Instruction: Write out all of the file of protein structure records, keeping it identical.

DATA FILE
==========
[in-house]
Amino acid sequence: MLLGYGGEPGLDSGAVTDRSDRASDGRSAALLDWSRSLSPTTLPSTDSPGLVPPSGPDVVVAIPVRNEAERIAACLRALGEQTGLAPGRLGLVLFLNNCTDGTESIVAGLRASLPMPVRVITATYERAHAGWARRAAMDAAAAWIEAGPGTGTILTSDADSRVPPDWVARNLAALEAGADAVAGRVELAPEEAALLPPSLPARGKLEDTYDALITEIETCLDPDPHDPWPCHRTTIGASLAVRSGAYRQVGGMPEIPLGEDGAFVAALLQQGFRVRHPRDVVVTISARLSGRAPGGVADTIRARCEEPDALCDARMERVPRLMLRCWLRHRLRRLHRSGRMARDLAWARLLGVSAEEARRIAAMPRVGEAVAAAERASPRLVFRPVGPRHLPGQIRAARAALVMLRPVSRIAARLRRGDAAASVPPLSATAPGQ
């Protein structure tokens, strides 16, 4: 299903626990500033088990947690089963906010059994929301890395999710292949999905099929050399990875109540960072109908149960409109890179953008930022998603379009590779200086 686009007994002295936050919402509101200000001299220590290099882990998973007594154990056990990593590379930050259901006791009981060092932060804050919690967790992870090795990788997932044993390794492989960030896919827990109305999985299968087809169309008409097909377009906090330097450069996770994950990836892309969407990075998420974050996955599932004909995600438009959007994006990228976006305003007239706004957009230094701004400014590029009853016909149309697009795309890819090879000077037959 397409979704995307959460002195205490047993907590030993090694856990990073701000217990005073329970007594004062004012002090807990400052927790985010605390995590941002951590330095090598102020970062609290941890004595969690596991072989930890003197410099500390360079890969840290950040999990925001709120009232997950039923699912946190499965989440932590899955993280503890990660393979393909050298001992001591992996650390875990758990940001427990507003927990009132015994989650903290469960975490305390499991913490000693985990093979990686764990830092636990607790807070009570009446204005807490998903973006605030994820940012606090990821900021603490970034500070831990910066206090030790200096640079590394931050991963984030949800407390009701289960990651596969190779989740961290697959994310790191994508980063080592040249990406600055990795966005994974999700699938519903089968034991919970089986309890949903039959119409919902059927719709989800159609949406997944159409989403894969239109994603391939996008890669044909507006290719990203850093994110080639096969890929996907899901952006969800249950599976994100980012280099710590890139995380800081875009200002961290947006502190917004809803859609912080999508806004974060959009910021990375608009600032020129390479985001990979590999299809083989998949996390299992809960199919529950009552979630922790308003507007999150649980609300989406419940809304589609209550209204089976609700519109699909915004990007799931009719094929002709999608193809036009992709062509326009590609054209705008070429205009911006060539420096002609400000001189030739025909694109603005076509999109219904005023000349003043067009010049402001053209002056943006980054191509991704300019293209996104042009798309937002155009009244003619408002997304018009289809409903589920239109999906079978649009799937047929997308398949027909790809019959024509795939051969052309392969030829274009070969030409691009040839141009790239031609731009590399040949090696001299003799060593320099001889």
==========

[in-house]
Amino acid sequence: MLLGYGGEPGLDSGAVTDRSDRASDGRSAALLDWSRSLSPTTLPSTDSPGLVPPSGPDVVVAIPVRNEAERIAACLRALGEQTGLAPGRLGLVLFLNNCTDGTESIVAGLRASLPMPVRVITATYERAHAGWARRAAMDAAAAWIEAGPGTGTILTSDADSRVPPDWVARNLAALEAGADAVAGRVELAPEEAALLPPSLPARGKLEDTYDALITEIETCLDPDPHDPWPCHRTTIGASLAVRSGAYRQVGGMPEIPLGEDGAFVAALLQQGFRVRHPRDVVVTISARLSGRAPGGVADTIRARCEEPDALCDARMERVPRLMLRCWLRHRLRRLHRSGRMARDLAWARLLGVSAEEARRIAAMPRVGEAVAAAERASPRLVFRPVGPRHLPGQIRAARAALVMLRPVSRIAARLRRGDAAASVPPLSATAPGQ
């Protein structure tokens, strides 16, 4: 299903626990500033088990947690089963906010059994929301890395999710292949999905099929050399990875109540960072109908149960409109890179953008930022998603379009590779200086 686009007994002295936050919402509101200000001299220590290099882990998973007594154990056990990593590379930050259901006791009981060092932060804050919690967790992870090795990788997932044993390794492989960030896919827990109305999985299968087809169309008409097909377009906090330097450069996770994950990836892309969407990075998420974050996955599932004909995600438009959007994006990228976006305003007239706004957009230094701004400014590029009853016909149309697009795309890819090879000077037959 397409979704995307959460002195205490047993907590030993090694856990990073701000217990005073329970007594004062004012002090807990400052927790985010605390995590941002951590330095090598102020970062609290941890004595969690596991072989930890003197410099500390360079890969840290950040999990925001709120009232997950039923699912946190499965989440932590899955993280503890990660393979393909050298001992001591992996650390875990758990940001427990507003927990009132015994989650903290469960975490305390499991913490000693985990093979990686764990830092636990607790807070009570009446204005807490998903973006605030994820940012606090990821900021603490970034500070831990910066206090030790200096640079590394931050991963984030949800407390009701289960990651596969190779989740961290697959994310790191994508980063080592040249990406600055990795966005994974999700699938519903089968034991919970089986309890949903039959119409919902059927719709989800159609949406997944159409989403894969239109994603391939996008890669044909507006290719990203850093994110080639096969890929996907899901952006969800249950599976994100980012280099710590890139995380800081875009200002961290947006502190917004809803859609912080999508806004974060959009910021990375608009600032020129390479985001990979590999299809083989998949996390299992809960199919529950009552979630922790308003507007999150649980609300989406419940809304589609209550209204089976609700519109699909915004990007799931009719094929002709999608193809036009992709062509326009590609054209705008070429205009911006060539420096002609400000001189030739025909694109603005076509999109219904005023000349003043067009010049402001053209002056943006980054191509991704300019293209996104042009798309937002155009009244003619408002997304018009289809409903589920239109999906079978649009799937047929997308398949027909790809019959024509795939051969052309392969030829274009070969030409691009040839141009790239031609731009590399040949090696001299003799060593320099001889």